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P. G. Six - The Well of Memory CD (album) cover

THE WELL OF MEMORY

P. G. Six

 

Prog Folk

5.00 | 1 ratings

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Sean Trane
Special Collaborator
Prog Folk
5 stars PG6's second album, The Well Of Memory is, incredibly enough, an improvement over his debut solo effort Parlor Tricks And Porch Favorites, even though it was regarded as an icon in Pagan/Wyrd/freak folk circles. Gubler took three years to follow up on Parlor, and indeed the results are definitely convincing, as Well is an amazing cross of dronal music, with pure folk and some medieval influences. While I would certainly not call PG6 derivative, TWOM has Bert Jansch written all over it, not least induced by Pat's superb voice, and this is a high compliment!! The album was again released by Amish records and graced by Christine Kroll's collage artworks already seen in the debut album and these very same collages will be the center of PG6's next album, through an exhibition: The Sherman Box Series.

Right from the echo-laden harp strummings, the listener is pleasantly chilled with the eerie ambiances pervading and oozing through every pore of your speaker membrane. The slow start of the title track's first part seems made to test your patience, but it slowly evolves into a sometimes atonal pickings over dronal layers covering the track like on a foggy reef-laden seacoast. When the mesmerizing lead-off track segues to the evolving Come In /The Winter It Is Past, there is a banjo picking (a cross of Bert Jansch meeting Woven Hand) shifting slowly and effortlessly into a guitar-lead trad folk that could easily be attributed to The Pentangle. The traditional Old Man On The Mountain is just adding more enchantment, and if not groundbreaking, it is certainly very British evoking.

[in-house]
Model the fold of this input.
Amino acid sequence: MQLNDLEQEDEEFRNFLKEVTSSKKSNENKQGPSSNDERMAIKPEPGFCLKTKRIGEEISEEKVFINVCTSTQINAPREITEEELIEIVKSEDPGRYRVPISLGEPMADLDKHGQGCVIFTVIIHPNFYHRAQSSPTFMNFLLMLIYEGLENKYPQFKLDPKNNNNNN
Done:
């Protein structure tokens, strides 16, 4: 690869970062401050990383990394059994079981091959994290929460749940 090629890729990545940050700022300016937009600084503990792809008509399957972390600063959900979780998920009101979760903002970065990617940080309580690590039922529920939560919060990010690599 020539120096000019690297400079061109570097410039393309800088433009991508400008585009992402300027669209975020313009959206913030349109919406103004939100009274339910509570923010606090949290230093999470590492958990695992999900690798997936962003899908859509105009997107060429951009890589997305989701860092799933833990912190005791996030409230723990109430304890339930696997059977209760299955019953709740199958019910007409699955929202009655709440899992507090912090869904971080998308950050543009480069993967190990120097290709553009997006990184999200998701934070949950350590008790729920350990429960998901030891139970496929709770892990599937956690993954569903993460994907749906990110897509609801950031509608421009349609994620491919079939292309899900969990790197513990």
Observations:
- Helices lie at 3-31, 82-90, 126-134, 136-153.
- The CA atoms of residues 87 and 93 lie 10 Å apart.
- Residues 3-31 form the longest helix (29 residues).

Other later (and also shorter) tracks are sometimes intrinsically tied, as the short Harp Tune has the harp segueing into the vocal-only Evening Comes. With the delightful guitar arpeggios of Crooked Way, comes out for a second appearance, Helen Rush and her filtered dreamy voice will contrast so perfectly with Gubler's that again you'd swear you're transported back some 35 years. A stunning electric guitar feast is highlighting Considering The Lateness Of The Hour and ends abruptly to let the weaker track, the electric guitar-driven Three Stages Of A Band, with a repeated riff and book-ended by acoustic intro/outro.

The second part of the title track is again relying on misty banks of drone sounds, often atonal with his usual string instruments piercing uselessly the fog with a knife as the mist reforms as soon as the blade is gone. The album closes on the intimate Weeping Willow, where Helen Rush helps out vocally once more, but it is also fairly insignificant after hearing the whole album. Gubler toils away slowly (away from public exposure pressures), transmuting craft practice into artisan design, stealthily worrying away at musical arrangements for yet accessible songs.

TWOM is a stunning album that belongs in Folk Rock's history and the strange artwork collages of the booklet only add to its mysterious charm. While not really groundbreaking, per se, TWOM is certainly using enough avant-garde spirit and techniques, which every progheads must at least hear a few times before dying. Their lives simply wouldn't complete without being familiar to PG6.

Sean Trane | 5/5 |

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